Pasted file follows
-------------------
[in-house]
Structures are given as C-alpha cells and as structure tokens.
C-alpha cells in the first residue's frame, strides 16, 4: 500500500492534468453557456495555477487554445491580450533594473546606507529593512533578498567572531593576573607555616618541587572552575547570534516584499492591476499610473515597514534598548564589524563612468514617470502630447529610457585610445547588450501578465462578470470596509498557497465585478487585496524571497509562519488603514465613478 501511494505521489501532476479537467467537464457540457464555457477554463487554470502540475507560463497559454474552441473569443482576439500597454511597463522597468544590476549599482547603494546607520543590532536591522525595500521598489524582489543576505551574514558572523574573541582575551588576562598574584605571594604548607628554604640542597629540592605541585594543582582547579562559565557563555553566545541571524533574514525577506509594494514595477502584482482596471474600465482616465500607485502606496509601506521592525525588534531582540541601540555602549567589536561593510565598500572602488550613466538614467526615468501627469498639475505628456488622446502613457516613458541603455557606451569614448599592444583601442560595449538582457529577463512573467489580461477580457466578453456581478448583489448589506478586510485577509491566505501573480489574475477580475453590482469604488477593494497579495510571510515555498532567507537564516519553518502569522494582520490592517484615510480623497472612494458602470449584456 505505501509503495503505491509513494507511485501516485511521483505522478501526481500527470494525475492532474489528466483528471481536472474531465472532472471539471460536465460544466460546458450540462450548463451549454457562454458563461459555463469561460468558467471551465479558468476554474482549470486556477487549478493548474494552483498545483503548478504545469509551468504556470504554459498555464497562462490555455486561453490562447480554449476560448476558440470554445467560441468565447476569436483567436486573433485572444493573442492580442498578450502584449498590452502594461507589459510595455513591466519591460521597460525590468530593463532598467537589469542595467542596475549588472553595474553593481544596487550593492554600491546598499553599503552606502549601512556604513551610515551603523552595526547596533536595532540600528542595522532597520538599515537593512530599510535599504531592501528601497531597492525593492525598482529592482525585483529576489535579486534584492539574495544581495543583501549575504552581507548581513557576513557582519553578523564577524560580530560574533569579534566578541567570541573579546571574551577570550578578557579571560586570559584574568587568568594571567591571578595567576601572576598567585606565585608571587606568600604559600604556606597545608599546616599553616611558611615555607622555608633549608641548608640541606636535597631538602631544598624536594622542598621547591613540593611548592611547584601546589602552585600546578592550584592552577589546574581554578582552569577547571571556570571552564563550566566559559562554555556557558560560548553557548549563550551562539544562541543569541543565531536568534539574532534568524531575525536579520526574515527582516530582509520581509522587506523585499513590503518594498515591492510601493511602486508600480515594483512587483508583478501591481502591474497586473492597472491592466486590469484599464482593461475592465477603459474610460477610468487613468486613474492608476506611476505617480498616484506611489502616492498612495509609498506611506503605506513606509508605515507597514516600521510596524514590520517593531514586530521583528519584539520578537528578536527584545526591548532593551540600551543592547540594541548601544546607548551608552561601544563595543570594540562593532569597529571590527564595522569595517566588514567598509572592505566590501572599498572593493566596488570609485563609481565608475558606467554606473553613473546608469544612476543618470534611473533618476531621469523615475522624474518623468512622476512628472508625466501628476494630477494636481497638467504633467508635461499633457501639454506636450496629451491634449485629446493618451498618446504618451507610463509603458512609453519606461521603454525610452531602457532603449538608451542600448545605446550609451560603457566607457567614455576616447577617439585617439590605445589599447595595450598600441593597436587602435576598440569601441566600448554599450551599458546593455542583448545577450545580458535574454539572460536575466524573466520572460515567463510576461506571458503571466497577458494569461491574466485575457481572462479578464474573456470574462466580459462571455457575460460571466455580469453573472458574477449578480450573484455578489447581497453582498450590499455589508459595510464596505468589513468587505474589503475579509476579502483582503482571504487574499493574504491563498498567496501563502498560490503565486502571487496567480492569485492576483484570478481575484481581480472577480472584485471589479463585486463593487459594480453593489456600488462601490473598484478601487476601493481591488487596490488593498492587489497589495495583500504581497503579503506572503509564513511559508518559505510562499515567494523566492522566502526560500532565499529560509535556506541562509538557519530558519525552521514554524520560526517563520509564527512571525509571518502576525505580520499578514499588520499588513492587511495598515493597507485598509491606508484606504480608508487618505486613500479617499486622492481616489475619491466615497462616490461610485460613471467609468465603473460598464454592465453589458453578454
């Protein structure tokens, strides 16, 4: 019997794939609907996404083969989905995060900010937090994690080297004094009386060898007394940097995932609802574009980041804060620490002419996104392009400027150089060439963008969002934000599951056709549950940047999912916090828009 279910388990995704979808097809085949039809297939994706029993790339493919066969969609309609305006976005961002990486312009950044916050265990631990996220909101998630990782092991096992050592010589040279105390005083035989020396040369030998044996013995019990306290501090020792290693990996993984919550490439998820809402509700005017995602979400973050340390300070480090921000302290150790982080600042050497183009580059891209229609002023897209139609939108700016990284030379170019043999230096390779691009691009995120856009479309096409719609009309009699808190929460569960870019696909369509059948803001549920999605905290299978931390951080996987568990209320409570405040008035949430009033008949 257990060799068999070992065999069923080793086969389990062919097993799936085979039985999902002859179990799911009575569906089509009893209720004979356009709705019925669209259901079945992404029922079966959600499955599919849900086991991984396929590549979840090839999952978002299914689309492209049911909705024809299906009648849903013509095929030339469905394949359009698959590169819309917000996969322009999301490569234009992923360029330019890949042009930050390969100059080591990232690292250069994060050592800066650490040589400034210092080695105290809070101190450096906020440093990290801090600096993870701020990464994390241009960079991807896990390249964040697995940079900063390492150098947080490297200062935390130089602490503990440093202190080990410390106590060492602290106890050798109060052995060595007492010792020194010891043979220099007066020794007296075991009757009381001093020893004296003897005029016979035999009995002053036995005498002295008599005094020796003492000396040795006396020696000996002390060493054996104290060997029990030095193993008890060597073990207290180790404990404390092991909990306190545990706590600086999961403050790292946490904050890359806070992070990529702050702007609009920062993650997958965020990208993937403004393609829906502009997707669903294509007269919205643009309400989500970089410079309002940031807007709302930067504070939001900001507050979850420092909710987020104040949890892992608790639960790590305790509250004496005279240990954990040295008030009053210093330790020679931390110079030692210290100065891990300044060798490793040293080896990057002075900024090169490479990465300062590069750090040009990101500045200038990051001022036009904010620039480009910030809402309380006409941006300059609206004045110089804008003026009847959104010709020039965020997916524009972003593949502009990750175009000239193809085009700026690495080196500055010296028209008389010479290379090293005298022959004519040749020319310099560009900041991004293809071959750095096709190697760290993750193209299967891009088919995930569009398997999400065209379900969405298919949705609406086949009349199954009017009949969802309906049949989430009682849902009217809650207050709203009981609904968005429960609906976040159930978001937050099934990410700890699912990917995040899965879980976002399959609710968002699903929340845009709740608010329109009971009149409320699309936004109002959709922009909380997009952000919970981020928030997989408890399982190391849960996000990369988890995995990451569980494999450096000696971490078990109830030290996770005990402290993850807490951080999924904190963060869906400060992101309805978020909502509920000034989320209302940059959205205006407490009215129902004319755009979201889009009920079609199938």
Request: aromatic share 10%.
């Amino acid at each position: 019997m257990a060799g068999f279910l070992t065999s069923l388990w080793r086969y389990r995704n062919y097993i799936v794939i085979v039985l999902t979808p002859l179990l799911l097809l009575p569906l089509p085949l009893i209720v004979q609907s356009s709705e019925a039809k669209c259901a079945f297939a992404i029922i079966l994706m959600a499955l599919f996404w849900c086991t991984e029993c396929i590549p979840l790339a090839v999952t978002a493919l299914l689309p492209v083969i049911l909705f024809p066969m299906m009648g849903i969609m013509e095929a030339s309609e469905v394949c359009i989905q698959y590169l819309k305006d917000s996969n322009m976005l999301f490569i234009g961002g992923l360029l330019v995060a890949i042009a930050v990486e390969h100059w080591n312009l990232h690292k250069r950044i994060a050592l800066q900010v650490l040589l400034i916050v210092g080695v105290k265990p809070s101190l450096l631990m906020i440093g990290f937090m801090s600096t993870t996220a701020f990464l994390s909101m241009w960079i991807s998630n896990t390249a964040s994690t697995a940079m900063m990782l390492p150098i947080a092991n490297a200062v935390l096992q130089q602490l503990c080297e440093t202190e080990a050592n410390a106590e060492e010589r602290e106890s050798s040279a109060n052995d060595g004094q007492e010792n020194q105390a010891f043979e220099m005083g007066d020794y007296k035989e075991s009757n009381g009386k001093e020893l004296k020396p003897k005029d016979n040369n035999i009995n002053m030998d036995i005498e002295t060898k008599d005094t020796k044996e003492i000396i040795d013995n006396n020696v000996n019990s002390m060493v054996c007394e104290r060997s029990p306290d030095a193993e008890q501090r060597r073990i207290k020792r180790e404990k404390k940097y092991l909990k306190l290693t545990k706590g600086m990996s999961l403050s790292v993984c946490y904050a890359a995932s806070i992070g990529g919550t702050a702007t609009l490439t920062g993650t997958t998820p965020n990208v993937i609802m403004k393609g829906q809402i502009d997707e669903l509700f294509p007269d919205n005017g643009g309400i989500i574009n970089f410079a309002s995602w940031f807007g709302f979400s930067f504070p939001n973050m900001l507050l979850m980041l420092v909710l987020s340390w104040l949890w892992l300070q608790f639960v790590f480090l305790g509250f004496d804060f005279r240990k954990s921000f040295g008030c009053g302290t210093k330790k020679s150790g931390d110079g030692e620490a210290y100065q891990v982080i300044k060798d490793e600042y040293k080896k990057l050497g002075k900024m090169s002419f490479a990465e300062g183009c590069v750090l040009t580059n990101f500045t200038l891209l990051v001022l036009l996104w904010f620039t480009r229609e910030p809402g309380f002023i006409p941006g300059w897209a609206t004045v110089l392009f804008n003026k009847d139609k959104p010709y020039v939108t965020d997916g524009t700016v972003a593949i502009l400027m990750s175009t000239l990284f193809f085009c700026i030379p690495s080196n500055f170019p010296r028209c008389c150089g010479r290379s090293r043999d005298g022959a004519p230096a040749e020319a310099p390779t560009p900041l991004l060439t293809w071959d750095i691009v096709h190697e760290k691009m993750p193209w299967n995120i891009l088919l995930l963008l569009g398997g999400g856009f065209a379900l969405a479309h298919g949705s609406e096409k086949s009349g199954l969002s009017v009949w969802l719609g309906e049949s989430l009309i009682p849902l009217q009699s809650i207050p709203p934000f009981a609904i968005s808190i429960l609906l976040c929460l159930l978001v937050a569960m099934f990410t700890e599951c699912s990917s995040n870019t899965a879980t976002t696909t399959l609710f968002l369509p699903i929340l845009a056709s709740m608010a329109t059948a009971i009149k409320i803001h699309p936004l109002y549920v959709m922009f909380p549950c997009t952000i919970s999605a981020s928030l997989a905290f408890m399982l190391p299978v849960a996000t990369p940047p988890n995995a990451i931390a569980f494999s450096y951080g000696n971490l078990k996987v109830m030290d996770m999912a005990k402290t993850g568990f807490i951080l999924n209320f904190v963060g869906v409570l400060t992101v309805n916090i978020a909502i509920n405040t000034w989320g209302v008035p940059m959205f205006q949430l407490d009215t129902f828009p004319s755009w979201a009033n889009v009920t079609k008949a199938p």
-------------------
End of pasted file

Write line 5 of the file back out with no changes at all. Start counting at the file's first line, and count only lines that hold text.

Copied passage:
Request: aromatic share 10%.